Cycling Across Beautiful Rural Landscapes of the city of Galway

Every cloud has a silver lining. The sudden but inevitable demise of the building boom-based Celtic Tiger has meant that the greedy property speculators and so-called 'developers', supported by friends amongst the political and civil service hierarchy, thankfully did not have the time required to bulldoze all of the Irish countryside and cover it with tarmac and concrete! Hence there is still much to enjoy in our famed natural heritage even in the urban sprawl suburbia of Galway city.So once again, I am organising, as a joint Galway City Council/ Galway City Community Forum venture, a cycle tour of the stunning beautiful rural countryside of Galway City as part of Ireland's National Cycle Week.
Entitled 'Off the Beaten Path' it will commence at 11am sharp on Sunday June 20th from the Centra Foodstore on Bóthar na Choiste, Headford Road.

The event will be a 4 hour leisurely cycle stroll through some of the most interesting historical scenic landscapes on the east side of the city. It will I hope be a journey of discovery for many of its participants.We will ignore the hustle and bustle of housing estates, shopping centres and highways.Instead we will travel along secondary roads to enjoy the sights and sounds of an increasingly threatened but none-the-less vibrant countryside dominated by small farms and natural features such as lakes and bogs.Commencing on Bóthar na Choiste (Irish = Coach Road), I will bring participants through townlands whose ancient names reflect the respect that Irish people once had for Nature -Ballinfoile (Town of the ridge), Ballindooley (Town of the black lake), Killoughter (High Wood), Menlo (Small Lake), Coolough (Hollow at the base of the cliff)...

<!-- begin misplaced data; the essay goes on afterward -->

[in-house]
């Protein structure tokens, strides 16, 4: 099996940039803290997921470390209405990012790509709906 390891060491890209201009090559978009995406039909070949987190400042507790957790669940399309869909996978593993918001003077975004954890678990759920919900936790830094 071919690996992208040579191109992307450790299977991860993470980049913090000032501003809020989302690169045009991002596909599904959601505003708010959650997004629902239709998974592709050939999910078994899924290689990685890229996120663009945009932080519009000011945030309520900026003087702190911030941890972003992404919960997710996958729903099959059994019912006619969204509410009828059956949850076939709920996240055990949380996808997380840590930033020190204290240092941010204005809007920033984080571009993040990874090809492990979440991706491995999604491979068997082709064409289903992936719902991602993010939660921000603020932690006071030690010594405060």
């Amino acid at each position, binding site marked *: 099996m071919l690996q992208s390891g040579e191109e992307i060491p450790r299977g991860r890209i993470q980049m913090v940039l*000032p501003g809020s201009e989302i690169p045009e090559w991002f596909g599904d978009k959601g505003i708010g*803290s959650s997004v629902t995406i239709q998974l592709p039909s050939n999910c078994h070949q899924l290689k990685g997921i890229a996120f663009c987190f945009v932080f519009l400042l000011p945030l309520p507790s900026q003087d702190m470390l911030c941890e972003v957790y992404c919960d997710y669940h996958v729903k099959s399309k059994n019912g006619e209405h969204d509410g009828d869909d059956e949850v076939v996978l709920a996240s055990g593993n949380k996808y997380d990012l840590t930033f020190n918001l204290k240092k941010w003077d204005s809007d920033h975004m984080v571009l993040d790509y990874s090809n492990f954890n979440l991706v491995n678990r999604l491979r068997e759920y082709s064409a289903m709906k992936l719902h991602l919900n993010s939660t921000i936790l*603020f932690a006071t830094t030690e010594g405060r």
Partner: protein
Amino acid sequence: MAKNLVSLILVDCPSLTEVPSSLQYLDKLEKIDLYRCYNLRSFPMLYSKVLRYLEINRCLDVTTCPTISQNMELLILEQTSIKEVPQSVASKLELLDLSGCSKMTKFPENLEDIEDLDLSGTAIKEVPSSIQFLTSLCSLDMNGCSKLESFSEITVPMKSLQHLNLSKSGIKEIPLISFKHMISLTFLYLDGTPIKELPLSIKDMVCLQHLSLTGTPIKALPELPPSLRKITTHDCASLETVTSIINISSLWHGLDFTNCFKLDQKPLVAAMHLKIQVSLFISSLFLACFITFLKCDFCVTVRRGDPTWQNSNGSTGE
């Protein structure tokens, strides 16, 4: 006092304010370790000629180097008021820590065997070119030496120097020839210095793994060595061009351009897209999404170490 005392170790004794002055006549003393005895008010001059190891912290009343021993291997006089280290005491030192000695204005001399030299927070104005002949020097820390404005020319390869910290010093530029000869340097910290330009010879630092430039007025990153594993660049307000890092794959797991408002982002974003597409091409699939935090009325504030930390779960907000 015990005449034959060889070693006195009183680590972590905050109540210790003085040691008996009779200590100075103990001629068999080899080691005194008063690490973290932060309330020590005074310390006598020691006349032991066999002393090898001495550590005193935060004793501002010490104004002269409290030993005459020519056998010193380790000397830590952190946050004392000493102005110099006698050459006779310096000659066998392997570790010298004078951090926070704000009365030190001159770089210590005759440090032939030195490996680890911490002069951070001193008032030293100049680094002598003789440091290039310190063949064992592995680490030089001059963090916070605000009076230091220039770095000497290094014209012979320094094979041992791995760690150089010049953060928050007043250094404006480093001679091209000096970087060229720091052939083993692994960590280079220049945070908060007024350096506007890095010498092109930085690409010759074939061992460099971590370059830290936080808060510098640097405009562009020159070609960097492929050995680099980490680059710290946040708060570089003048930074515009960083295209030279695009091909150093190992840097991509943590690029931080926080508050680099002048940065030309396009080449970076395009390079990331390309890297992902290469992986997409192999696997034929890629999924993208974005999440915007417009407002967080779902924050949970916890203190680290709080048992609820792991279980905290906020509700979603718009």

We will journey over hills, along botharins, past abandoned farm buildings, ruined castles, karst outcrops, bogs, lakes, dykes, turloughs and meadows.
We will stop off in Menlo to enjoy a picnic along the banks of the River Corrib.
To liven the journey up, I will recount tales of headless horsemen, ancient battles, haunted ruins, tragic drownings, lost gardens and of the great forests and the once proud wolves that once roamed the area.

Though I have ongoing battles with City Hall over a myriad of community and environmental issues, nevertheless I can only heap praise on the city officials who contributed to the success of this event, particularly Cathy Joyce.
So I hope that Galwegians will take to their bicycles on Sun June 20th and enjoy the remaining vestiges of our once glorious natural environment, with its rich native flora and fauna


Eoin said...

Thanks Brendan for the great tour!

Anonymous said...

Had joined you if it wasnt for our daughter who wouldnt make such a long cycleride at this age. A great thing though, that surely increases love for Irelands beautiful countryside./Frida

Speedie's Blog said...

Nice thoughts & words Frida!